US Defense Secretary Lloyd Austin on Friday said that the US has “seen a number of missteps” by Russia in its invasion of Ukraine.
In offering an assessment of Russia’s troops, Austin told CNN’s Don Lemon in an exclusive interview, conducted in the Bulgarian capital of Sofia, that the Russians “have not progressed as far as quickly as they would have liked.”
Austin told CNN that the Russians have “struggled with logistics” and that he has not seen evidence of “good employment of tactical intelligence,” nor “integration of air capability with a ground maneuver.”
“There are a number of things that we would expect to have seen that we just haven’t seen. And the Russians really have had some – has presented us some problems. So, many of their assumptions have not proven to be true as they entered this fight,” he said.
Since the invasion Ukraine began nearly a month ago, Russian troops have bombarded and destroyed large parts of cities, including Mariupol and Kharkiv, but Ukraine has been able to prevent Russia taking large swathes of the country, including the capital of Kyiv.
“I think (Russia) envisioned that they would move rapidly and very quickly seize the capital city. They’ve not been able to do that,” the Pentagon chief said.
In the face of fierce Ukrainian resistance to its invasion, Russia is also coping with low troop morale and struggling to resupply the thousands of troops in the country, US and NATO officials told CNN this week.
Austin was also asked about China’s position on the war.
Russia has also requested military support and economic assistance support from China, two US officials told CNN this week.
China has conveyed some openness to offering help to Russia, according to a US diplomatic cable to allies. Both Russia and Beijing have denied that there have been any such requests.
On Friday, President Joe Biden sought to dissuade China’s President Xi Jinping from assisting Russia, warning his Chinese counterpart during a 110-minute long video call of the “implications and consequences” for Beijing if it were to provide material support to Moscow.
Austin told CNN that it’s “hard to say” what China will do and declined to speculate.
“I would hope that China would not support this despicable act by Putin, I would hope that they would recognize a need to respect sovereign territory,” he told CNN, adding that, “We’ve been clear that if they do that, we think that’s a bad choice.”
Meanwhile, the US has supplied Ukraine with financial and military aid in its fight against Russia, including an additional $800 million in security assistance that Biden announced this week, but has stopped short of helping operate a no-fly zone over Ukraine as it seeks to avoid being directly involved in the conflict.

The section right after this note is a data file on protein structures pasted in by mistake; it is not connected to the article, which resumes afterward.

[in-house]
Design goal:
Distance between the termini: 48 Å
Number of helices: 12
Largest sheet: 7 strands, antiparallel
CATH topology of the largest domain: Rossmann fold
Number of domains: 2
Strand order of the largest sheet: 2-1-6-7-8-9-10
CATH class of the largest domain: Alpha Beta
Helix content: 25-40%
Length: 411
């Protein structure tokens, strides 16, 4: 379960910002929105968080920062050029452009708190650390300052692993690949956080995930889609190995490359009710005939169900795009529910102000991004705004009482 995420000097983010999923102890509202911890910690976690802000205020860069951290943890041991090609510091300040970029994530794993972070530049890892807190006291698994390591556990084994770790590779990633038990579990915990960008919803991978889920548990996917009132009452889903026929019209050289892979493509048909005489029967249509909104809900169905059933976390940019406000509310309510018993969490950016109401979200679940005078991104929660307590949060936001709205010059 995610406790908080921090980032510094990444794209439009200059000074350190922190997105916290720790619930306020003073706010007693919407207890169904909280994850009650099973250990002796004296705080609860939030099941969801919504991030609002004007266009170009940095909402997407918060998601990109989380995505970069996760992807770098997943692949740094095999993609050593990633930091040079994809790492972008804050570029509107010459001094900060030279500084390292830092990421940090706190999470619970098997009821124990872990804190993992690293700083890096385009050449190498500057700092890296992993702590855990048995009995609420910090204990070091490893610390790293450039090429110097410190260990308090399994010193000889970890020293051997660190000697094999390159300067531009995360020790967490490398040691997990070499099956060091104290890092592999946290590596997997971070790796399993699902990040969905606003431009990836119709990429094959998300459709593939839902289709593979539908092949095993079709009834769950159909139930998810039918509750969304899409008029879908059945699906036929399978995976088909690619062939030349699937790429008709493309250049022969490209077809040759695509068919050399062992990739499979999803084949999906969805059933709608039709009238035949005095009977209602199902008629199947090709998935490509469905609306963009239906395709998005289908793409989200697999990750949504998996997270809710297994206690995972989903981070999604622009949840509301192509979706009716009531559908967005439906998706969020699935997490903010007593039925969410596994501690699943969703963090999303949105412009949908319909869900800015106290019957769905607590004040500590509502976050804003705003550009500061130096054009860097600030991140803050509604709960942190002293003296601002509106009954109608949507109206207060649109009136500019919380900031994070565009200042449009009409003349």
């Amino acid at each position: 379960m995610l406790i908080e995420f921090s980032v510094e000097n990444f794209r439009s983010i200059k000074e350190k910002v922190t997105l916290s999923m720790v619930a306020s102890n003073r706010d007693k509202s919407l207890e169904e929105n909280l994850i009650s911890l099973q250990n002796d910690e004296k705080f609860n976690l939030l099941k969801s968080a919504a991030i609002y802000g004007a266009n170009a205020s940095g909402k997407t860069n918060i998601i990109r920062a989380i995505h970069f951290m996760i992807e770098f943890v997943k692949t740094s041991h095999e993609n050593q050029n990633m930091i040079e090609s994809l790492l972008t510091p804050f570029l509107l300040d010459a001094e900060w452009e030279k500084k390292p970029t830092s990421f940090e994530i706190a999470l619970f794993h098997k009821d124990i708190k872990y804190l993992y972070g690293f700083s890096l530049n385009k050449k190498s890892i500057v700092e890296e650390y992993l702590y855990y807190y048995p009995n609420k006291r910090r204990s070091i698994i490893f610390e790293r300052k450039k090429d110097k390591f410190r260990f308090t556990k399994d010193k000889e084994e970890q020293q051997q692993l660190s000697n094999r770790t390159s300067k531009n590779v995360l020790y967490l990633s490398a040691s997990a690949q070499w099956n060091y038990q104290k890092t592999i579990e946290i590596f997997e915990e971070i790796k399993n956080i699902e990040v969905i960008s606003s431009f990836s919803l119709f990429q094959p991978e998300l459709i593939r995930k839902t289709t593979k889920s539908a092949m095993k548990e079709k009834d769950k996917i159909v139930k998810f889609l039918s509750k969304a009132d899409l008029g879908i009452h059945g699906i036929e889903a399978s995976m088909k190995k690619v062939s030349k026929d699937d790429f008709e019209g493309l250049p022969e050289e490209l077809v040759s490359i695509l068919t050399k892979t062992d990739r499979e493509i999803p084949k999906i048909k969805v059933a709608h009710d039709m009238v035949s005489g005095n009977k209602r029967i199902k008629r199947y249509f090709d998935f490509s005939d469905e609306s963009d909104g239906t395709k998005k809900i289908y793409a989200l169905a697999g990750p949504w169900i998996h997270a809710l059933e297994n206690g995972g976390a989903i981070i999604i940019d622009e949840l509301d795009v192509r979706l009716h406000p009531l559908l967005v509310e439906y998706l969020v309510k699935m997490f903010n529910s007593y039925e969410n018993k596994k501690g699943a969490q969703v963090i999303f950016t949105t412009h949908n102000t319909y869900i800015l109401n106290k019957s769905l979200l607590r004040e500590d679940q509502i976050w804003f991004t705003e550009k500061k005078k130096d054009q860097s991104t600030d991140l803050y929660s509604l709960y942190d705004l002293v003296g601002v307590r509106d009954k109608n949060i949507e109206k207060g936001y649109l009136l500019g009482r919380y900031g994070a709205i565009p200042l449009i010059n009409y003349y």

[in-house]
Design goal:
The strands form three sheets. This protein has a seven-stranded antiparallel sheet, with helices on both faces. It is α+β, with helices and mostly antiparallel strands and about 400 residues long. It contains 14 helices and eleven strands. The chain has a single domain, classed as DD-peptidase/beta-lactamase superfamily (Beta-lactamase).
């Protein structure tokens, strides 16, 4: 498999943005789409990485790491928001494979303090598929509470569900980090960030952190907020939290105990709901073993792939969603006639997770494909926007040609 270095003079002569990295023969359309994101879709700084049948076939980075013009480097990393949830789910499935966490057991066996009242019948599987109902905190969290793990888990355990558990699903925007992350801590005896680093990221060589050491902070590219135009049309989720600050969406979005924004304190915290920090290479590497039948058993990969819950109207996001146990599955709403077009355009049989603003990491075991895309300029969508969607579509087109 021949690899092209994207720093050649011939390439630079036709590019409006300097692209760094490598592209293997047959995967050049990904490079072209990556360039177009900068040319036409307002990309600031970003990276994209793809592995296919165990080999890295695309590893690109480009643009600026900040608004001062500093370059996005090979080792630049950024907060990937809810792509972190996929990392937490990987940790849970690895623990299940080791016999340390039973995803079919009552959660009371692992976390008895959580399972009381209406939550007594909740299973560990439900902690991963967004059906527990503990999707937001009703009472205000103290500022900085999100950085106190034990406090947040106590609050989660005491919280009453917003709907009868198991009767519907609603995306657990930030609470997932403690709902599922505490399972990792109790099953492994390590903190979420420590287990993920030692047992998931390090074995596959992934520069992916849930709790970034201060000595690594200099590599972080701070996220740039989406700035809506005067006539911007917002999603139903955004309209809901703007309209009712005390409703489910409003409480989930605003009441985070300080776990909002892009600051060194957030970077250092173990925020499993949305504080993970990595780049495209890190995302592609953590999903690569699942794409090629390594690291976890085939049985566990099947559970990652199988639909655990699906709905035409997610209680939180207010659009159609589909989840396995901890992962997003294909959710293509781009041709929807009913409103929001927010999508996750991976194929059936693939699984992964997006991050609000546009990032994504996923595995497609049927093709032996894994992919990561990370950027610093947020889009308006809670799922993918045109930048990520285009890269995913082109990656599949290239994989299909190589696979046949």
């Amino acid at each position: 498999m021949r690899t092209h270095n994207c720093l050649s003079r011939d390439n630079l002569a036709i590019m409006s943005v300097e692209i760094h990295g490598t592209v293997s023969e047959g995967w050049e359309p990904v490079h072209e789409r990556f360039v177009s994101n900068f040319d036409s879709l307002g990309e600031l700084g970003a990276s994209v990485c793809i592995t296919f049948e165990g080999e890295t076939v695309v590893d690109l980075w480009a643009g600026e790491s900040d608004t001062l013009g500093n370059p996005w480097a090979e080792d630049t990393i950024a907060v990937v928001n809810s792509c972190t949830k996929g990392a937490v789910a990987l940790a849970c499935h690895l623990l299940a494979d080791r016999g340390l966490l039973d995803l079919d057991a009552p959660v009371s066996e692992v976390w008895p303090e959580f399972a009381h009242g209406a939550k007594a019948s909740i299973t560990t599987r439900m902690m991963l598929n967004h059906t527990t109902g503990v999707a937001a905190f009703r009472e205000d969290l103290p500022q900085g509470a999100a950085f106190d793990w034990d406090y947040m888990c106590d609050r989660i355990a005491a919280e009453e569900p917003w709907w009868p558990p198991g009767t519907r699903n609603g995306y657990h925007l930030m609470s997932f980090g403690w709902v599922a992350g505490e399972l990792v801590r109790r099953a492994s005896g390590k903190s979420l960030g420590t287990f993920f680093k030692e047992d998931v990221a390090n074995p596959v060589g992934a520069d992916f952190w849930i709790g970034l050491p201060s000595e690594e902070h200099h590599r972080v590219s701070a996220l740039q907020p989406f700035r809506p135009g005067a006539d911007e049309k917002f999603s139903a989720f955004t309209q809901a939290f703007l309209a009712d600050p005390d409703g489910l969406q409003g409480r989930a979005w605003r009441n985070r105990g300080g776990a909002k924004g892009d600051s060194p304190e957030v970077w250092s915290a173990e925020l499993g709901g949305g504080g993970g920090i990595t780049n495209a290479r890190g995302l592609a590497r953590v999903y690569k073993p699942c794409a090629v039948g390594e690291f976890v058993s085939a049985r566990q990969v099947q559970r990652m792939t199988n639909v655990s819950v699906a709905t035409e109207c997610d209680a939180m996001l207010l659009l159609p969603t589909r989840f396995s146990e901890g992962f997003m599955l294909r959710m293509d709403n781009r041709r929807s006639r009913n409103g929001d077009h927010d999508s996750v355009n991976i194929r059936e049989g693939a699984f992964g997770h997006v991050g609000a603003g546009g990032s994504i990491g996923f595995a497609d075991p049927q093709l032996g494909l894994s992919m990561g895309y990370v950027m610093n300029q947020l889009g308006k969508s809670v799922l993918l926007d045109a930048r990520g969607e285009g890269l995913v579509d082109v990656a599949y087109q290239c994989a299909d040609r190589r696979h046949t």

Austin told CNN that Biden has “been very clear about the fact that we won’t have troops engaged in combat with Russia in Ukraine.”
The defense secretary said that if the US were to put into place a no-fly zone, it would require controlling the skies, engaging Russian aircraft, and taking out aircraft systems in Ukraine, Belarus and Russia.
“So that would mean that we’re in combat with Russia. These are two nuclear powered countries that nobody wants to see engage in the conflict. It’s not good for the region. It’s not good for the world,” he said.
He said the US is focused on providing the type of assistance to Ukraine that “we know are making a difference” and doing “everything within our power to defend every inch of NATO territory.”
In a news conference Saturday in Sofia, Bulgaria, Austin said that Russia continues to make “incremental gains” in Ukraine’s south and that Russia has used “brutal, savage techniques” in the way it has targeted civilians in Ukraine.
“Putin’s war of choice against Ukraine has been tragic. Russia’s invasion has taken a terrible toll on Ukrainian lives, including brave soldiers and far too many innocent civilians. Yet, Russia’s aggression has galvanized the Ukrainian people, NATO, and the free world,” Austin said in a joint news conference with Bulgarian Prime Minister Kiril Petkov.
Austin traveled to Europe this week, stopping in Belgium for the NATO Defense Ministerial before visiting Slovakia and Bulgaria as part of a trip to bolster NATO allies.
This story has been updated with additional developments and reaction.
CNN’s Radina Gigova contributed to this report.